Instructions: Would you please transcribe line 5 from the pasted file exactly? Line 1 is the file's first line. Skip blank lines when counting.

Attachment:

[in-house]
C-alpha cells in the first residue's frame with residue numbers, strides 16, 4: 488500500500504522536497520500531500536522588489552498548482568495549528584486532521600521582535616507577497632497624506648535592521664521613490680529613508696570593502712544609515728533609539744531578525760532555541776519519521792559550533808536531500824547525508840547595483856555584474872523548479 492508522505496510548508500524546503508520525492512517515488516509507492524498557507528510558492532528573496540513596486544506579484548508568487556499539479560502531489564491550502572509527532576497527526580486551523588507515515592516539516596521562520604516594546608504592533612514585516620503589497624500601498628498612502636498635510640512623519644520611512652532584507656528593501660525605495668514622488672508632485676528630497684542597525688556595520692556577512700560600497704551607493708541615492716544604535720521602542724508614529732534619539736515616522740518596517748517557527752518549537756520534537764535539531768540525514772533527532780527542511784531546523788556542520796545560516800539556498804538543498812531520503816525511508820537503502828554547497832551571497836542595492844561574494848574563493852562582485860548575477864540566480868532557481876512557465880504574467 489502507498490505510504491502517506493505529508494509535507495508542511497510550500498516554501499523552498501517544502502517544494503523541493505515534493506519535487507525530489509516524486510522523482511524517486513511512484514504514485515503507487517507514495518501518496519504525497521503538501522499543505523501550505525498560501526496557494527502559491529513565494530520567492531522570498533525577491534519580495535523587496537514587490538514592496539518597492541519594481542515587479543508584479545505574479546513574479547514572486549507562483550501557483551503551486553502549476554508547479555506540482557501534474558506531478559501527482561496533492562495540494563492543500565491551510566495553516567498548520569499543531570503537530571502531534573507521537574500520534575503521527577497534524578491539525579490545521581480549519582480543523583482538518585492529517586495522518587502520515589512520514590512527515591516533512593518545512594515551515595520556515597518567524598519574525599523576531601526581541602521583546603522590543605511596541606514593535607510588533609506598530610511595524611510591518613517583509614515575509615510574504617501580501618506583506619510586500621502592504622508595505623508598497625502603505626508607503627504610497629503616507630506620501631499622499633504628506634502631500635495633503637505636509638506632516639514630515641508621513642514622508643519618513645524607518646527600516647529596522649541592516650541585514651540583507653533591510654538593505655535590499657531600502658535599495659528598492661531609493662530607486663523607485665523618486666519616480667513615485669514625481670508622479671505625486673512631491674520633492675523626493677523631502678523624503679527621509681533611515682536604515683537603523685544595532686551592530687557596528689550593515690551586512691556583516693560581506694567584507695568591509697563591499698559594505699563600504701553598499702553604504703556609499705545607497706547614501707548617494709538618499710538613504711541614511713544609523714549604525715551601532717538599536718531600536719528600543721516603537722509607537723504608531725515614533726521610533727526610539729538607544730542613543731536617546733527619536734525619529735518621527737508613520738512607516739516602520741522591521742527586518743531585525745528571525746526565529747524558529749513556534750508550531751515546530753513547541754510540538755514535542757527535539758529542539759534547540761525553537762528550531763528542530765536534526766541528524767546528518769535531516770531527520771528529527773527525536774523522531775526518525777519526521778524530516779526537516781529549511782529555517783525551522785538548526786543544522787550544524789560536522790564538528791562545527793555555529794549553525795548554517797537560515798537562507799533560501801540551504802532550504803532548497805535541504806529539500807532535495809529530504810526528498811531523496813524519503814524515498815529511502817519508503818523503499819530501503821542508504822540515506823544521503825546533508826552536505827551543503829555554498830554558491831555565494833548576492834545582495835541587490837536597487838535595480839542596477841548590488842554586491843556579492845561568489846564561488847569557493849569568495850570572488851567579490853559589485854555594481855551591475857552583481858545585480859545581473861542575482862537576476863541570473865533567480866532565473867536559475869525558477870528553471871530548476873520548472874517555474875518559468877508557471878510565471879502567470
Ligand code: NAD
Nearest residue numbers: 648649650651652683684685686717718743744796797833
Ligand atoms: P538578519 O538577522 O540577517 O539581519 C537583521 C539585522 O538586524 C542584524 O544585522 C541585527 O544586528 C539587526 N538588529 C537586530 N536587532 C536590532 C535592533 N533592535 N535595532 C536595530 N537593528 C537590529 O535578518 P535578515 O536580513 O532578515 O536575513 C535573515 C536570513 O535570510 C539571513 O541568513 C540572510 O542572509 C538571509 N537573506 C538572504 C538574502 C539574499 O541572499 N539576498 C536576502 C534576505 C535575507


Ligand atoms: P538578519 O538577522 O540577517 O539581519 C537583521 C539585522 O538586524 C542584524 O544585522 C541585527 O544586528 C539587526 N538588529 C537586530 N536587532 C536590532 C535592533 N533592535 N535595532 C536595530 N537593528 C537590529 O535578518 P535578515 O536580513 O532578515 O536575513 C535573515 C536570513 O535570510 C539571513 O541568513 C540572510 O542572509 C538571509 N537573506 C538572504 C538574502 C539574499 O541572499 N539576498 C536576502 C534576505 C535575507